6 Essential Renovations to Keep Your Older Home Functioning and Safe
Older homes have many redeeming qualities. Many seem to have taken on personalities of their own over the years. Unfortunately, older homes are constructed in ways that leave a lot to be desired as far as safety and comfort are concerned. If you have an older home and plan to do some renovations to improve those features, these six ideas offer an excellent place to start.
1. Update Wiring and Electrical
Not everything in older homes will meet current standards and building codes. That extends into the wiring and electrical systems. After all, there is a good possibility that there was no electrical service when your house was originally constructed. If you are doing a major renovation, it makes sense to run new wiring throughout the home. Look beyond basic wiring and examine all appliances, receptacles, and electrical fixtures. It will improve the home’s safety factor by reducing fire hazards and giving you peace of mind.
While you are performing this major undertaking, it might be a good time to invest in alternative energy sources. With rebates and incentives, you may be able to offset any initial solar panel cost with lower utility bills over time. This is especially true if the house is in an area with high utility costs.
2. Evaluate and Install HVAC Systems
Depending on the structure’s age and how many renovations have been done over the years, you may be
looking at several different heating and cooling scenarios. Some older or historic homes may not have central HVAC systems, with individual fireplaces and stoves serving as the primary heat source. More likely, however, you will encounter a retrofitted HVAC system. If fuel oil was used, find the old tank and make sure it is still intact with no leaks.
In some cases, inefficient furnaces and stoves may have left soot and residue on interior walls. This should be addressed before any new systems are hooked in. Have all vents and ductwork thoroughly inspected for potential irritants or contamination. A professional air duct cleaning may be sufficient, or you may need to invest in new ducts to ensure a safe environment.
3. Assess Foundations and Structural Integrity
Older homes may have been added on to over time, so you don’t know what you will find when you start opening up walls. It is important to know some of the more common signs of major problems so you can spot them early in the process. However, even armed with that knowledge, you should hire a structural engineer to inspect the foundation and identify any weight-bearing walls before you start a construction project.
4. Inspect Plumbing and Waste Lines
This harkens back to the electrical situation. If you look at the history of housing in the United States, only a tiny percentage of houses had indoor plumbing in the early twentieth century. That means the systems in place may be sorely outdated. A few signs that your plumbing needs to be modernized include:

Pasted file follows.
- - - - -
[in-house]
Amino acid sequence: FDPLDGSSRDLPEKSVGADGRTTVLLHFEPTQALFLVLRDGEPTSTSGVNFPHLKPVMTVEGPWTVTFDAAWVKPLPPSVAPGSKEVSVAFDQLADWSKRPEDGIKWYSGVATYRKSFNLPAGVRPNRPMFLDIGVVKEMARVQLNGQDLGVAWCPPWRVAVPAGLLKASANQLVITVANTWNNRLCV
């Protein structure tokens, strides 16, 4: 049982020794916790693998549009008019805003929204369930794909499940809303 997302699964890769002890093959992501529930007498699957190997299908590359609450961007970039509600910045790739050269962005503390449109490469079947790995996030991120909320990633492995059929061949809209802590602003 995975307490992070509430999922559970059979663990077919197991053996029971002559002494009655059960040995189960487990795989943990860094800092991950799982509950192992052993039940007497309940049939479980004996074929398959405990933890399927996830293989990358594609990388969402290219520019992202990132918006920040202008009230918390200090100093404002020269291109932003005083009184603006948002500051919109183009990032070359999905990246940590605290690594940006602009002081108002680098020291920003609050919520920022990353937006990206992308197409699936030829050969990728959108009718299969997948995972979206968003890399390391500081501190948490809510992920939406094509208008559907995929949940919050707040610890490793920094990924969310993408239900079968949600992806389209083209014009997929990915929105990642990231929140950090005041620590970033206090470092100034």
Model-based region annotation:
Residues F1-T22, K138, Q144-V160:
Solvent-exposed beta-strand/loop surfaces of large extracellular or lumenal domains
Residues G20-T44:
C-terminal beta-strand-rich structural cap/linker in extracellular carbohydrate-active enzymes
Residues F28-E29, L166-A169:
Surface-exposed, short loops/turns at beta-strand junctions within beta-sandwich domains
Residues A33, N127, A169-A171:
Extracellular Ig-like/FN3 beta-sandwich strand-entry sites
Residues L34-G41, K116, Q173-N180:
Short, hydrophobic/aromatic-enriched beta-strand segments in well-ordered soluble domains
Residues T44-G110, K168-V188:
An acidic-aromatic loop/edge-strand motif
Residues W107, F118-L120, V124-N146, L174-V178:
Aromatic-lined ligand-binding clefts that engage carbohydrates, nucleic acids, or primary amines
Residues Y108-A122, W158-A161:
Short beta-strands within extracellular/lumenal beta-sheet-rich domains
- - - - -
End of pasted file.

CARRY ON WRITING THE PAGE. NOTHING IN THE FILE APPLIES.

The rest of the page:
- Poor water pressure
- Rattling noises when water is turned on and off
- Supply pipes made of lead
- Copper pipes that are joined with a lead-based solder
It isn’t just the supply lines and pipes that could be problematic. If the house is not connected to the public sewer system, you will want to find out how wastewater was handled when your home was last updated. Is there a septic system to handle it, or does it merely go out to an undisclosed location in the yard? This may be more common than you think in rural areas, so it’s worth investigating. Have any systems inspected and work to bring them up to current building codes.
5. Undertake Lead Remediation
Lead was used in a host of building applications through the first half of the twentieth century. Unfortunately, experts now know that it can contribute to some serious health conditions. The Environmental Protection Agency offers several tips to protect your family from lead contamination. Among those is a recommendation to have a professional lead assessment done if you plan to do any renovations in an older home. Construction can easily create or disturb lead dust that then becomes an airborne contaminant.
6. Test for Mold or Other Airborne Contaminants
If you’ve ever stepped into an older home that has gone undisturbed for several years, you know that mold and mildew can be a serious problem. While new construction is designed to be virtually airtight, older houses allowed air (and moisture) to flow freely through cracks and around windows and doors. Pests such as insects and rodents may have moved in and made nests in hidden spaces. Their droppings can release potentially harmful microorganisms into the air, causing respiratory irritation or infection. You can perform some basic remediation procedures yourself, but if anyone in the house is suffering from respiratory symptoms, you should consider bringing in a professional to tackle the mold remediation.
Renovating an older home can be tricky. Knowing which projects tend to be the most pressing can help you prioritize your to-do list.